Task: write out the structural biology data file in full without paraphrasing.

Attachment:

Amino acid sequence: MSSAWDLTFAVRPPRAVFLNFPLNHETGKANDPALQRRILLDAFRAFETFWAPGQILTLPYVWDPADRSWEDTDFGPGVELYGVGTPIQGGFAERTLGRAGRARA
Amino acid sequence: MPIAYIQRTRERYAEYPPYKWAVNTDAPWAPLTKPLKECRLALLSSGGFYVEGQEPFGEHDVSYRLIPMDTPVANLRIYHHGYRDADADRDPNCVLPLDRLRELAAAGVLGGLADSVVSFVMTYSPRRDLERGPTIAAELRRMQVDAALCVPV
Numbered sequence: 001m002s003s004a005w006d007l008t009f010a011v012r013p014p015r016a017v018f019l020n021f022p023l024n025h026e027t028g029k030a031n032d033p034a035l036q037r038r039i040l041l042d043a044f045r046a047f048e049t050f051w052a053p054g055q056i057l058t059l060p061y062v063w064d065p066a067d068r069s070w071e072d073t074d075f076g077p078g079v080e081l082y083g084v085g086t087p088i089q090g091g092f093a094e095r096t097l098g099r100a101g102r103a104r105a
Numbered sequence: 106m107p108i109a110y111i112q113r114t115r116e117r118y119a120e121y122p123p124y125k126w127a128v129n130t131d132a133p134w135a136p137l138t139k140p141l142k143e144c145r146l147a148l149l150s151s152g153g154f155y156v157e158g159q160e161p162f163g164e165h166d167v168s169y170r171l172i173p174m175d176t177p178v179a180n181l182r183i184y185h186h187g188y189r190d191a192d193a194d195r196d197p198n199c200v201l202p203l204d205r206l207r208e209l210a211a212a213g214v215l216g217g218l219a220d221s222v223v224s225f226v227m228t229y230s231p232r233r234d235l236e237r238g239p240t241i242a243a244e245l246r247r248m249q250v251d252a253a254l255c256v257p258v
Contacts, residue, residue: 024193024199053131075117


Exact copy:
Amino acid sequence: MSSAWDLTFAVRPPRAVFLNFPLNHETGKANDPALQRRILLDAFRAFETFWAPGQILTLPYVWDPADRSWEDTDFGPGVELYGVGTPIQGGFAERTLGRAGRARA
Amino acid sequence: MPIAYIQRTRERYAEYPPYKWAVNTDAPWAPLTKPLKECRLALLSSGGFYVEGQEPFGEHDVSYRLIPMDTPVANLRIYHHGYRDADADRDPNCVLPLDRLRELAAAGVLGGLADSVVSFVMTYSPRRDLERGPTIAAELRRMQVDAALCVPV
Numbered sequence: 001m002s003s004a005w006d007l008t009f010a011v012r013p014p015r016a017v018f019l020n021f022p023l024n025h026e027t028g029k030a031n032d033p034a035l036q037r038r039i040l041l042d043a044f045r046a047f048e049t050f051w052a053p054g055q056i057l058t059l060p061y062v063w064d065p066a067d068r069s070w071e072d073t074d075f076g077p078g079v080e081l082y083g084v085g086t087p088i089q090g091g092f093a094e095r096t097l098g099r100a101g102r103a104r105a
Numbered sequence: 106m107p108i109a110y111i112q113r114t115r116e117r118y119a120e121y122p123p124y125k126w127a128v129n130t131d132a133p134w135a136p137l138t139k140p141l142k143e144c145r146l147a148l149l150s151s152g153g154f155y156v157e158g159q160e161p162f163g164e165h166d167v168s169y170r171l172i173p174m175d176t177p178v179a180n181l182r183i184y185h186h187g188y189r190d191a192d193a194d195r196d197p198n199c200v201l202p203l204d205r206l207r208e209l210a211a212a213g214v215l216g217g218l219a220d221s222v223v224s225f226v227m228t229y230s231p232r233r234d235l236e237r238g239p240t241i242a243a244e245l246r247r248m249q250v251d252a253a254l255c256v257p258v
Contacts, residue, residue: 024193024199053131075117